How to Boost Your WiFi Signal: Working With a Single WiFi Router
Written by Don Schultz, trueCABLE Technical Sales Representative & Fluke Networks Certified Technician
Welcome to the first installment of a three part series, all addressing how to get the most from your WiFi in various situations. This blog specifically addresses the most common environment -- a single WiFi router or modem/router combo.
Have you ever bought a new WiFi router, powered it up, and found out that things are not going quite as planned? Well, you are not alone and you certainly won’t be the last one to run into this issue.
Walking into any electronics store you might have seen a nice colorful box, promising billions of watts of transmit power and full coverage for your entire house. Powerful! Lots of advanced technology is printed on the box like MU-MIMO, Dual Band, Quad Core Processor, and the thing is just festooned with antennas. More antennas than an alien! This must be the one. So, you buy it.
Alternatively, you did a lot of research online. You bought your new WiFi router from Amazon or some other online source. It has five glowing stars, and hundreds of happy users.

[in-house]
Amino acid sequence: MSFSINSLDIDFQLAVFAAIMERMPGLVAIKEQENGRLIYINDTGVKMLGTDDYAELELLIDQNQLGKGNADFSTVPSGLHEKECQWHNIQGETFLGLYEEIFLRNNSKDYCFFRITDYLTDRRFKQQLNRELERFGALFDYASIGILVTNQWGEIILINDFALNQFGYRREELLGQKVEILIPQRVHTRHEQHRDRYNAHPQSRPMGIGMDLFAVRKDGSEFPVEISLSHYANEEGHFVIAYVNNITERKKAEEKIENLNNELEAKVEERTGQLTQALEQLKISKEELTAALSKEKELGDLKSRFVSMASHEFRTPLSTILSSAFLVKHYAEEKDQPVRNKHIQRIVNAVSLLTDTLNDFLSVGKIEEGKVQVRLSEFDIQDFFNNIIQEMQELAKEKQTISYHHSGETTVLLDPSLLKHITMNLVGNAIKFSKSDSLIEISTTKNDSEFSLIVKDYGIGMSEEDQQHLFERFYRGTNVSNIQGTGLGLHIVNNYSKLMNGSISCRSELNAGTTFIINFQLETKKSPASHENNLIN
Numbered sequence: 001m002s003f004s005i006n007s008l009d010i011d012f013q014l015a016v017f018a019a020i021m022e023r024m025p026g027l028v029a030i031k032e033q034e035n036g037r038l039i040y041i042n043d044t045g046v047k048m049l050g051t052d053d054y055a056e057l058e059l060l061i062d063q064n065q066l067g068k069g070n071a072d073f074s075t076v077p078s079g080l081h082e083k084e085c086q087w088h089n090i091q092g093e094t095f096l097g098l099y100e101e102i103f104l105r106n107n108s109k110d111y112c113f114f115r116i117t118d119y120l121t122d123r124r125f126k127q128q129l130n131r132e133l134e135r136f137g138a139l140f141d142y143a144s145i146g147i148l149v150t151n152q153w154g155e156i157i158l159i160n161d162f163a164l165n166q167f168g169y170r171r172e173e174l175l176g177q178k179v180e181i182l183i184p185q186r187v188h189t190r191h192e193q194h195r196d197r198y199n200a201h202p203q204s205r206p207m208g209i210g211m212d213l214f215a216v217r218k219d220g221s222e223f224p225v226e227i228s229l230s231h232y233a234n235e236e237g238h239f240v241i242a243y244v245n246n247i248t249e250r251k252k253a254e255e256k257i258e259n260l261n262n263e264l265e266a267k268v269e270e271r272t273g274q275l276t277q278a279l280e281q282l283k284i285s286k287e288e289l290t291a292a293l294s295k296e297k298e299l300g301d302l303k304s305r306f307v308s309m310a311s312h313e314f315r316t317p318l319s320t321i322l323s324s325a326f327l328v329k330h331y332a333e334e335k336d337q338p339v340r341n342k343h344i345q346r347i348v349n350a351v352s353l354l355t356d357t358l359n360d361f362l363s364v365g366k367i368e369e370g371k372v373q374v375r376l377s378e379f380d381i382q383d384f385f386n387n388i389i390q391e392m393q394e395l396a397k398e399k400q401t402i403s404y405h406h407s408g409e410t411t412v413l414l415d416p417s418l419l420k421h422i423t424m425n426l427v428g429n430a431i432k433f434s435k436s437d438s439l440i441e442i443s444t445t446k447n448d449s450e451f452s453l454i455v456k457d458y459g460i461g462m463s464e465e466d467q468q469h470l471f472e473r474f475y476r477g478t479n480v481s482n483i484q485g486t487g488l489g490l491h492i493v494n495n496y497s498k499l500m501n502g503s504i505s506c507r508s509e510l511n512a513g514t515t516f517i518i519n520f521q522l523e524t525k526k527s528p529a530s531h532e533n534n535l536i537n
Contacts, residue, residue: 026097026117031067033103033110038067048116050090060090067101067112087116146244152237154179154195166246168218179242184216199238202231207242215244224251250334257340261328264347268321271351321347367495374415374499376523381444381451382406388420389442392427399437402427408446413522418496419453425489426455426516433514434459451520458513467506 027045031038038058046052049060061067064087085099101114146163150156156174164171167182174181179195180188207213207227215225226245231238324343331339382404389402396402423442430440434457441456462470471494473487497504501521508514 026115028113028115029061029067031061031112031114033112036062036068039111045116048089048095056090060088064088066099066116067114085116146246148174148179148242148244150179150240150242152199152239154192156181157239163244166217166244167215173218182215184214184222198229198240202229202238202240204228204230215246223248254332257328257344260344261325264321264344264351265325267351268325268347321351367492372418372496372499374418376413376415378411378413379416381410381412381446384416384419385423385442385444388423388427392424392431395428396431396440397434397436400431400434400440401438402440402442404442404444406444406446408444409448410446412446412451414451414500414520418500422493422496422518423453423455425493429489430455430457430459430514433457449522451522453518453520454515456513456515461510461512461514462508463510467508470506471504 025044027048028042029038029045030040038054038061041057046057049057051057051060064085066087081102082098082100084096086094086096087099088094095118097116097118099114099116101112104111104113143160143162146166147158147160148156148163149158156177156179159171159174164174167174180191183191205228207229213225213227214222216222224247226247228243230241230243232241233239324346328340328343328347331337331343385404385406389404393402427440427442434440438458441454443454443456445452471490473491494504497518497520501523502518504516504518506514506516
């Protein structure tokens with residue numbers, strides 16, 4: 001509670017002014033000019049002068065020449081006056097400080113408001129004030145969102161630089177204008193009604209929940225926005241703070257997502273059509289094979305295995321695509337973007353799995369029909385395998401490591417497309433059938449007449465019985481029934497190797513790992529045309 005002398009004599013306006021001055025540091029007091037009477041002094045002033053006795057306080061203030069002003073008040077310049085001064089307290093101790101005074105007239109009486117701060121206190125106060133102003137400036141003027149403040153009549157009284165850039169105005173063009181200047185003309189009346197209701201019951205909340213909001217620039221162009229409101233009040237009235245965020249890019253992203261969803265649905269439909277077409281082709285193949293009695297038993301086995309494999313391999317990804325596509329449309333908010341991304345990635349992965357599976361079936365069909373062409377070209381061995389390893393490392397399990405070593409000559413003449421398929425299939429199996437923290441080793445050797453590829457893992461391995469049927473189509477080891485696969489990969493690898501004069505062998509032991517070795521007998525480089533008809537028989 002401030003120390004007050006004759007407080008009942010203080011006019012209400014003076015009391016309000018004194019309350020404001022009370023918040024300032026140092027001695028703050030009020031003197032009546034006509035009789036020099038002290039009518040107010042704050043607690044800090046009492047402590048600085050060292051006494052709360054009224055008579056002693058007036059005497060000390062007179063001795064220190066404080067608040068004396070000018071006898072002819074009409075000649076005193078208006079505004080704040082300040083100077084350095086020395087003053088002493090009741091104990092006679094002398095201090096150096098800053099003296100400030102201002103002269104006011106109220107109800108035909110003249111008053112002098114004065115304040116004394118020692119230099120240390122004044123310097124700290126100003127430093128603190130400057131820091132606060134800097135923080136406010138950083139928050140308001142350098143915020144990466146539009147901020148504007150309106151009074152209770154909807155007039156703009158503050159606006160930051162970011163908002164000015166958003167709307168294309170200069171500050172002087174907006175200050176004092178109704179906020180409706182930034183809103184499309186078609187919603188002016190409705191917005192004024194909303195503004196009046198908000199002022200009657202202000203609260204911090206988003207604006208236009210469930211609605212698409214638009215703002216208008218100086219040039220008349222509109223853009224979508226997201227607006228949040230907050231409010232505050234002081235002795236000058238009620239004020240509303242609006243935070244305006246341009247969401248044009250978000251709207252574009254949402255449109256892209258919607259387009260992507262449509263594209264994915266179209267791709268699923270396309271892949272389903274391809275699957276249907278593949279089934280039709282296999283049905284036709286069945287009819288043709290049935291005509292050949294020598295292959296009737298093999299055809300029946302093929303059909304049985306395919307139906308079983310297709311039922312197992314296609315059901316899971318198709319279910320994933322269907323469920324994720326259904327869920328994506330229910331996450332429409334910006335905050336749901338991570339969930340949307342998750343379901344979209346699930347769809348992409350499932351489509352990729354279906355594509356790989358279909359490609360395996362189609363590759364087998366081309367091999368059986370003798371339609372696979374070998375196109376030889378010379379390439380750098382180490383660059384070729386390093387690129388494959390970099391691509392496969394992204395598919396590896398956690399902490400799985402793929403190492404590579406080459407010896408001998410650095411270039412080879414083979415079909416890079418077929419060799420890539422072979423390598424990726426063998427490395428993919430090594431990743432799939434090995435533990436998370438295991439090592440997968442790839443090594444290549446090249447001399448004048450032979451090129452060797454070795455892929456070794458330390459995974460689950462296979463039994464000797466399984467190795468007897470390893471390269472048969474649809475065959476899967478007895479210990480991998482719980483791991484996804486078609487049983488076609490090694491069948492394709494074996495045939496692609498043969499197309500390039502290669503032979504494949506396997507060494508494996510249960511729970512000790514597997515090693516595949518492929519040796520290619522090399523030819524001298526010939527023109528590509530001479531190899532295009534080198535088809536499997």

These things are all good signs but I have to give you a heads up…
Things don’t always go as planned.
WiFi can be finicky. It is subject to a number of issues like:
- Interference from outside sources such as microwaves, weather radars, and even your neighbor’s WiFi
- Obstacles like concrete, cinder block, and more
- Compatibility between multiple manufacturer’s devices...some don’t play nice with each other
- Feature overload...turning on some of these nifty new things, like MU-MIMO, can actually cause trouble instead of solving it
I am not here to give WiFi a bad rap
WiFi is quite useful, and necessary. Show me a place to plug in an Ethernet cable on your iPhone, and I will give you $5. So, in our mobile world you often have no choice but to choose wireless over wired. Just make sound choices. Another blog article, Ethernet vs WiFi, Is Wiring your Network Worth It? will provide a solid basis for when you should wire your devices. Optionally, you can choose MoCA for situations where WiFi and Ethernet both don’t quite fit, as explained in MoCA vs Ethernet.